Making Climate Change Personal in On the Nature of Things

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A female dancer posing before a background showing a polar in a snowy Arctic environment.
Dancer Emily Wagner rehearses in front of the polar bear diorama in the Milstein Hall of Ocean Life.
© J. Cervantes

Later this month, the award-winning Armitage Gone! Dance Company, led by founder and Artistic Director Karole Armitage, will premiere their piece On the Nature of Things in the Museum’s Milstein Hall of Ocean Life. The dance, accompanied by narration written and performed by biologist Paul Ehrlich, was inspired by Dr. Ehrlich’s writings on climate change and created specifically for the hall, incorporating iconic exhibits like the polar bear diorama.

The result is a one-of-a-kind performance that explores the issue of climate change—and the loss of biodiversity that accompanies it—in a cultural context to illuminate the complex relationship between mankind and the natural world.

“It’s really talking about how a change of consciousness is necessary for humans to adapt to what is happening,” says Armitage. “It’s a meditative essay, scientifically and also artistically.”

Just as researchers turn to the Museum’s world-class collections to answer and spark scientific questions, artists find inspiration in the Museum’s exhibits and halls. With a topic like climate change, which can sometimes feel too large and sweeping for one person to approach head-on, framing the conversation within a work of art can help make it more relatable, says Curator Rob DeSalle, who worked with Armitage to bring the piece to the Museum.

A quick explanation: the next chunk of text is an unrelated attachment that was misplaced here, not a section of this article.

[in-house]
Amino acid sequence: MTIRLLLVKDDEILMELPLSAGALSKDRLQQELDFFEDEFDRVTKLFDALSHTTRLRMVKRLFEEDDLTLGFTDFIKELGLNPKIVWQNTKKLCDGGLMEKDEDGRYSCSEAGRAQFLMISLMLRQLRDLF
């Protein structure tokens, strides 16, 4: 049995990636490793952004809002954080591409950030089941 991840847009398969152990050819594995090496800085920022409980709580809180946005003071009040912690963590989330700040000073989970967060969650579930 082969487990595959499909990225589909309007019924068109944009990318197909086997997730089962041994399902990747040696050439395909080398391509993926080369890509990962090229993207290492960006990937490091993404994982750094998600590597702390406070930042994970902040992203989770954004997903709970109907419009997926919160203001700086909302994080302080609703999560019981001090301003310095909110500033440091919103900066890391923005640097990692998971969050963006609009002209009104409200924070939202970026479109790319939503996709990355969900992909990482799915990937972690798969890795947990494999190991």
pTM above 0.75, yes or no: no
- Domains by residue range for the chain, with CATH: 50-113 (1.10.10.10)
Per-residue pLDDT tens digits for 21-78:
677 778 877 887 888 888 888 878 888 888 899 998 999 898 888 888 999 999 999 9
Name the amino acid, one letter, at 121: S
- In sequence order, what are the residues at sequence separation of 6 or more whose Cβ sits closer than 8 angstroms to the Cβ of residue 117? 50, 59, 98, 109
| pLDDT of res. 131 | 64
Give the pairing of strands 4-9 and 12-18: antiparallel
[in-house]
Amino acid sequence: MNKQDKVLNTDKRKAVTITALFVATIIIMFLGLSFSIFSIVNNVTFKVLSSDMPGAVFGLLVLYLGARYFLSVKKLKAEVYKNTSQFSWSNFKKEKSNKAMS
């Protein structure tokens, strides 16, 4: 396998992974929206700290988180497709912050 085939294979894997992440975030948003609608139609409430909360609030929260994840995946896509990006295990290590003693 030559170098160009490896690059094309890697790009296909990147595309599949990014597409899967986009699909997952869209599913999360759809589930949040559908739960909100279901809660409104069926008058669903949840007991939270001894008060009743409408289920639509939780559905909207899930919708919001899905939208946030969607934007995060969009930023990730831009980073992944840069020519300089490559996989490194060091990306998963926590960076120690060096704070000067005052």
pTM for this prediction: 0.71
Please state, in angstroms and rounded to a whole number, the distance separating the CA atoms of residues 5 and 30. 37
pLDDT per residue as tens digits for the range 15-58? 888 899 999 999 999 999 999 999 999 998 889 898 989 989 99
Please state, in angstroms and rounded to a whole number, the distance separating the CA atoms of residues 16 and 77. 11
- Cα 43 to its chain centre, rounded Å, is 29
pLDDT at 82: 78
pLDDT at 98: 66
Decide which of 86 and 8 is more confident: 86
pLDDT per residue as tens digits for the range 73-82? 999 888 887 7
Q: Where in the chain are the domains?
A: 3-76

“Art is a wonderful medium to attract people to science,” says Dr. DeSalle. “And it’s important to have that different perspective. A piece like this can really help to personalize issues like climate change.”

A woman wearing a dance leotard, in an exaggerated pose with arms and legs spread wide. She is surrounded by models of fish and dolphins.
Megumi Eda rehearses  before this month’s premiere.
© J. Cervantes

Making climate change personal is also at the heart of Dr. Ehrlich’s narration, which he will be performing live. It’s a powerful call to action, says DeSalle.

“Ehrlich’s writing in this piece is quite emotional, in contrast to much of his work,” says DeSalle. “It carries a strong message that we’re losing our biodiversity, and we need to get emotional about that.”

While On the Nature of Things addresses serious and urgent issues, Armitage sees the piece as a hopeful one—focused not on the problems that climate change presents but how each of us can help to address them. 

“The most important thing to take away from this production is that change is possible,” she says. “It’s just about changing your mind. And we can do that so easily. And we really have to.”

Hear more from Karole Armitage and Rob DeSalle about the inspiration for On the Nature of Things

On the Nature of Things runs three nights only, from Wednesday March 25 to Friday, March 27. Tickets are available here.